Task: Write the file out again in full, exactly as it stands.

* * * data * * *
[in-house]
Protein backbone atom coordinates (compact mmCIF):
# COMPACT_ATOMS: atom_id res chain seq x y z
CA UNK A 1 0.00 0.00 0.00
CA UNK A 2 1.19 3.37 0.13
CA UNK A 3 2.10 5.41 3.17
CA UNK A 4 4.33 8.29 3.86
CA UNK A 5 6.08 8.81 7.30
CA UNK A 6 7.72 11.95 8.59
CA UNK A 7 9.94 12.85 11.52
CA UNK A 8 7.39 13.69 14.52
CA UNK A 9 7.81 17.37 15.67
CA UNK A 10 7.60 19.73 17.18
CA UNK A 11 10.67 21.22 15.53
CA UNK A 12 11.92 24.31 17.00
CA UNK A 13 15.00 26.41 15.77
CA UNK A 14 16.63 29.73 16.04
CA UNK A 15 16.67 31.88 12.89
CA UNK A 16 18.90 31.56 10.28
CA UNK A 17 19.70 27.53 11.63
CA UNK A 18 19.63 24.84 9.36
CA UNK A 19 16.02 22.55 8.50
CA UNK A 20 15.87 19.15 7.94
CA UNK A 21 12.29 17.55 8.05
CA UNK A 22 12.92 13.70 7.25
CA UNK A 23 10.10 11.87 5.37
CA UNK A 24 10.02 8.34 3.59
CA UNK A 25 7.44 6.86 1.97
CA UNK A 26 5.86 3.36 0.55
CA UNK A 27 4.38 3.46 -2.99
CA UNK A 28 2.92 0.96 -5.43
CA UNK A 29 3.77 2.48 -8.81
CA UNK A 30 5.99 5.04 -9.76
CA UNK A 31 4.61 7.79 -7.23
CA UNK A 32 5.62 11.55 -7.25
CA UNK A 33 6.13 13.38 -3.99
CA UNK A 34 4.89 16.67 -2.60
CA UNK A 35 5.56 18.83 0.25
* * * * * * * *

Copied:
[in-house]
Protein backbone atom coordinates (compact mmCIF):
# COMPACT_ATOMS: atom_id res chain seq x y z
CA UNK A 1 0.00 0.00 0.00
CA UNK A 2 1.19 3.37 0.13
CA UNK A 3 2.10 5.41 3.17
CA UNK A 4 4.33 8.29 3.86
CA UNK A 5 6.08 8.81 7.30
CA UNK A 6 7.72 11.95 8.59
CA UNK A 7 9.94 12.85 11.52
CA UNK A 8 7.39 13.69 14.52
CA UNK A 9 7.81 17.37 15.67
CA UNK A 10 7.60 19.73 17.18
CA UNK A 11 10.67 21.22 15.53
CA UNK A 12 11.92 24.31 17.00
CA UNK A 13 15.00 26.41 15.77
CA UNK A 14 16.63 29.73 16.04
CA UNK A 15 16.67 31.88 12.89
CA UNK A 16 18.90 31.56 10.28
CA UNK A 17 19.70 27.53 11.63
CA UNK A 18 19.63 24.84 9.36
CA UNK A 19 16.02 22.55 8.50
CA UNK A 20 15.87 19.15 7.94
CA UNK A 21 12.29 17.55 8.05
CA UNK A 22 12.92 13.70 7.25
CA UNK A 23 10.10 11.87 5.37
CA UNK A 24 10.02 8.34 3.59
CA UNK A 25 7.44 6.86 1.97
CA UNK A 26 5.86 3.36 0.55
CA UNK A 27 4.38 3.46 -2.99
CA UNK A 28 2.92 0.96 -5.43
CA UNK A 29 3.77 2.48 -8.81
CA UNK A 30 5.99 5.04 -9.76
CA UNK A 31 4.61 7.79 -7.23
CA UNK A 32 5.62 11.55 -7.25
CA UNK A 33 6.13 13.38 -3.99
CA UNK A 34 4.89 16.67 -2.60
CA UNK A 35 5.56 18.83 0.25